The message behind Easter is ultimately one of hope: that mankind can be reconciled to God and restored through His Son. The gift of salvation is far too important to keep behind closed church doors. Easter was always meant to be a blessing to everyone, and that is what the Real Easter Egg points to in its own small way.

Unlike the bigger commercialised brands, supplies of the Real Easter Egg are expected to run out well before Easter Day. So, in this case, early purchasing is perfectly sensible. The Meaningful Chocolate Company website is taking orders until February 27th, and after that you’ll have to try WaitroseTesco or Ocado. If we care about shining the light of truth into a society that increasingly wallows in the darkness of ignorance, then this is a company that deserves to be supported – even more so if you appreciate great chocolate, ethical manufacturing and fair trade.

  • The Explorer

    The Easter Bunny’s birthday. Love it! Two other symptoms that Easter has lost its religious significance.
    1. You can buy Hot Cross buns all the year round.
    2. Proposals to nail the date so that school terms can be equal length.

    • Uncle Brian

      Quite a long time ago (from memory, during the JP2 pontificate) the Catholic Church said it would have no theological objection to moving to a fixed Easter. The only real objection seems to be that it would lead to schism, with some Christians refusing to accept the change.

      • CliveM

        The dating of Easter has been a source of real conflict in the past. Could never really understand why it wasn’t a fixed date.

        However I’m not sure even if it agreed to a fixed date, it would necessarily satisfy the requirement for fixed, equal school terms.

        • The Explorer

          I think it may be because in John’s Gospel Christ is represented as the sacrificial Passover lamb. And because the Passover is moveable feast to tie in with the new moon, Easter, as the new Passover, must be as well.

          • CliveM

            Hi Explorer

            Yes thanks, I should have thought of that.

            Interestingly my experience of Easter is more based in Scotland where unless you were RC both the Church and civil authorities barely noticed it. It wasn’t a national holiday for example.

            Prespyterianism I’m afraid!!

          • Uncle Brian

            I can understand the Puritans’ reasons for banning Christmas as unbiblical, but I didn’t know they’d abolished Easter as well. How unChristian!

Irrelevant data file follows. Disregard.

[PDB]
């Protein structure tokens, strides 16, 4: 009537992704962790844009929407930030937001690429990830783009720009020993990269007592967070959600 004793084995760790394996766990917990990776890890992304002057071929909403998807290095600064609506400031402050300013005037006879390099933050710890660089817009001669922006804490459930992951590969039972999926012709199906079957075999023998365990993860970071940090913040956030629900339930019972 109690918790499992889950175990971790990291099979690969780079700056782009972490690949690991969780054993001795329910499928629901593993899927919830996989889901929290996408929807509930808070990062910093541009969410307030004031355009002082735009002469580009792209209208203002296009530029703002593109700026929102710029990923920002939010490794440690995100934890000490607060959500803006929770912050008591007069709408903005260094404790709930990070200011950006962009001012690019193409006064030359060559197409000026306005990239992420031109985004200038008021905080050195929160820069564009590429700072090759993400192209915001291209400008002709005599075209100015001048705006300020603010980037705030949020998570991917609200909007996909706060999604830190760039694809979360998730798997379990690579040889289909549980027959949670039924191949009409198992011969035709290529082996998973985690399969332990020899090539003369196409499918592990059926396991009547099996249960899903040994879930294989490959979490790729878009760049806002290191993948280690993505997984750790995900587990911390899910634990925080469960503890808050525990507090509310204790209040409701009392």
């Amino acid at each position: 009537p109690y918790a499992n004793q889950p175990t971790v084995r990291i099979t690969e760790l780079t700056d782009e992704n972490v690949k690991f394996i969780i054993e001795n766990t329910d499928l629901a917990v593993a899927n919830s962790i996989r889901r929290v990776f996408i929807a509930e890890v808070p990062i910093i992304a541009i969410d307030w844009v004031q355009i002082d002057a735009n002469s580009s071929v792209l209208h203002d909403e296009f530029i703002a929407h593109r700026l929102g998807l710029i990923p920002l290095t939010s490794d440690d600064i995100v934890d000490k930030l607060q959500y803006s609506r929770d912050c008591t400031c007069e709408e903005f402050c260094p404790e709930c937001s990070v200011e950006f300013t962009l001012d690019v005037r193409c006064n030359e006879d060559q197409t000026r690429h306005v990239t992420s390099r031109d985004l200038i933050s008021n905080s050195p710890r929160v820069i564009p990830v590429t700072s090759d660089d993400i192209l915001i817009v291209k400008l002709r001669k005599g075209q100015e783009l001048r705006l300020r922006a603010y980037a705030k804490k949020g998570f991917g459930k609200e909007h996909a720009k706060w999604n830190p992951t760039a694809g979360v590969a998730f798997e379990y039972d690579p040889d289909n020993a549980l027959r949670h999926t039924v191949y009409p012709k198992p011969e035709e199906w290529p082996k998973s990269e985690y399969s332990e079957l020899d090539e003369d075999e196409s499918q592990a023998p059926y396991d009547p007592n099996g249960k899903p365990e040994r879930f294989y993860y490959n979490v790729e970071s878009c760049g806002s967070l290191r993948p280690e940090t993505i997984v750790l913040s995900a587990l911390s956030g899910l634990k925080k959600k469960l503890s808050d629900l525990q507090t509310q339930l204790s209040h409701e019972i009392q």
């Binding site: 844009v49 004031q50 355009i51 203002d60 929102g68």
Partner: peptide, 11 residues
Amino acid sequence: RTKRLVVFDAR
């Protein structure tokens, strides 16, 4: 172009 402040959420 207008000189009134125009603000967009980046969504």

• The Explorer

            No more cakes and ale. And as for chocolate…!

          • Anton

            I guess it was a reaction against the fact that such things had been effectively compulsory. St Paul is clear (put Romans 14:5 together with Colossians 2:16) that a calendar is voluntary. He speaks strongly against a calendar in Galatians but that was in the specific context of whether gentile converts must take up the Jewish law including the festivals.

          • CliveM

            Well the ‘festival’ was ignored. But the event was certainly central to the faith.

          • sarky

            Its not a national holiday here. Only good Friday and easter Monday.

          • CliveM

            I would imagine that the reason for that is with Easter Day being a Sunday and traditionally a day of rest anyway, it wasn’t needed to be designated a holiday. In Scotland you didn’t get Good Friday or Easter Monday either.

          • The Explorer

            Isn’t there some anomaly about Easter Sunday? Garden centres can’t be open? Or have they changed it?

          • Anton

            Which raises the question of why it doesn’t always coincide with the Jewish Passover. The answer – spurred by much mutual dislike, unfortunately – is that the Christians reckoned the Jews were doing their calculations wrong.

            The discrepancy between John and the other gospels about whether the Last Supper is a Passover meal, or the night before, is because squabbling groups of Jews held it on different nights; it was the Passover meal for Jesus but the night before for the Jewish authorities. So Jesus ate the Passover with his disciples as in Matthew, Mark and Luke, and he died next day – tellingly – at the time the Jews sacrificed the Passover lamb, as John states.

          • Pubcrawler

            Also the Jewish calendar is entirely lunar, with a system of intercalaries to bring it back into synch with the solar calendar every 19 years, I think it is.